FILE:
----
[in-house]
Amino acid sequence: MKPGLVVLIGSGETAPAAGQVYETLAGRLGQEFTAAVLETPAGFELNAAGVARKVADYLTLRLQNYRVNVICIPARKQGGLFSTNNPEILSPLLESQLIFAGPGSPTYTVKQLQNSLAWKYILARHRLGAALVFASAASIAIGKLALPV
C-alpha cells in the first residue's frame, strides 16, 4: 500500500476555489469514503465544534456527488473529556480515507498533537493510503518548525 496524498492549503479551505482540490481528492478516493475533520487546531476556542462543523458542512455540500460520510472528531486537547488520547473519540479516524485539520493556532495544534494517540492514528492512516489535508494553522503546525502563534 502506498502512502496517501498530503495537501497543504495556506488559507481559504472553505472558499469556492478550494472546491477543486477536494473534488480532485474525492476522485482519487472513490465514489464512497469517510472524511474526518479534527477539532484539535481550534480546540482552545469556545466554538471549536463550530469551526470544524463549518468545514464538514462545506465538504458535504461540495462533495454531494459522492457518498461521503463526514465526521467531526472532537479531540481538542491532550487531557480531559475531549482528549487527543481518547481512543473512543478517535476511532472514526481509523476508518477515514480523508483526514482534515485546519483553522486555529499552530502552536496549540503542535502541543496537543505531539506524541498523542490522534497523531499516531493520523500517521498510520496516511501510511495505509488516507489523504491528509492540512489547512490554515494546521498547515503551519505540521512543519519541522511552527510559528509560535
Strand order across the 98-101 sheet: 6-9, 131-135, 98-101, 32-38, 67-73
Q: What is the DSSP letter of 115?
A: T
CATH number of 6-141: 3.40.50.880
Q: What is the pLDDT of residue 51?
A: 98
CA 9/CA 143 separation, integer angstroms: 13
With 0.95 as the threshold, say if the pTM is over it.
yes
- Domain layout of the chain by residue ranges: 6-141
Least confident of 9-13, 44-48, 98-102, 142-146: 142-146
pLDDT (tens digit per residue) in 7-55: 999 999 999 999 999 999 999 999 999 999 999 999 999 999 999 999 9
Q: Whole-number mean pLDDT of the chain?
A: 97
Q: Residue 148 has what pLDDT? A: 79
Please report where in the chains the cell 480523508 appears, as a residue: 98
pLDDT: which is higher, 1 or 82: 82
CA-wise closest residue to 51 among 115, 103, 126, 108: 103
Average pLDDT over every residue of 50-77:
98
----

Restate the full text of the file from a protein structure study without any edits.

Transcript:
[in-house]
Amino acid sequence: MKPGLVVLIGSGETAPAAGQVYETLAGRLGQEFTAAVLETPAGFELNAAGVARKVADYLTLRLQNYRVNVICIPARKQGGLFSTNNPEILSPLLESQLIFAGPGSPTYTVKQLQNSLAWKYILARHRLGAALVFASAASIAIGKLALPV
C-alpha cells in the first residue's frame, strides 16, 4: 500500500476555489469514503465544534456527488473529556480515507498533537493510503518548525 496524498492549503479551505482540490481528492478516493475533520487546531476556542462543523458542512455540500460520510472528531486537547488520547473519540479516524485539520493556532495544534494517540492514528492512516489535508494553522503546525502563534 502506498502512502496517501498530503495537501497543504495556506488559507481559504472553505472558499469556492478550494472546491477543486477536494473534488480532485474525492476522485482519487472513490465514489464512497469517510472524511474526518479534527477539532484539535481550534480546540482552545469556545466554538471549536463550530469551526470544524463549518468545514464538514462545506465538504458535504461540495462533495454531494459522492457518498461521503463526514465526521467531526472532537479531540481538542491532550487531557480531559475531549482528549487527543481518547481512543473512543478517535476511532472514526481509523476508518477515514480523508483526514482534515485546519483553522486555529499552530502552536496549540503542535502541543496537543505531539506524541498523542490522534497523531499516531493520523500517521498510520496516511501510511495505509488516507489523504491528509492540512489547512490554515494546521498547515503551519505540521512543519519541522511552527510559528509560535
Strand order across the 98-101 sheet: 6-9, 131-135, 98-101, 32-38, 67-73
Q: What is the DSSP letter of 115?
A: T
CATH number of 6-141: 3.40.50.880
Q: What is the pLDDT of residue 51?
A: 98
CA 9/CA 143 separation, integer angstroms: 13
With 0.95 as the threshold, say if the pTM is over it.
yes
- Domain layout of the chain by residue ranges: 6-141
Least confident of 9-13, 44-48, 98-102, 142-146: 142-146
pLDDT (tens digit per residue) in 7-55: 999 999 999 999 999 999 999 999 999 999 999 999 999 999 999 999 9
Q: Whole-number mean pLDDT of the chain?
A: 97
Q: Residue 148 has what pLDDT? A: 79
Please report where in the chains the cell 480523508 appears, as a residue: 98
pLDDT: which is higher, 1 or 82: 82
CA-wise closest residue to 51 among 115, 103, 126, 108: 103
Average pLDDT over every residue of 50-77:
98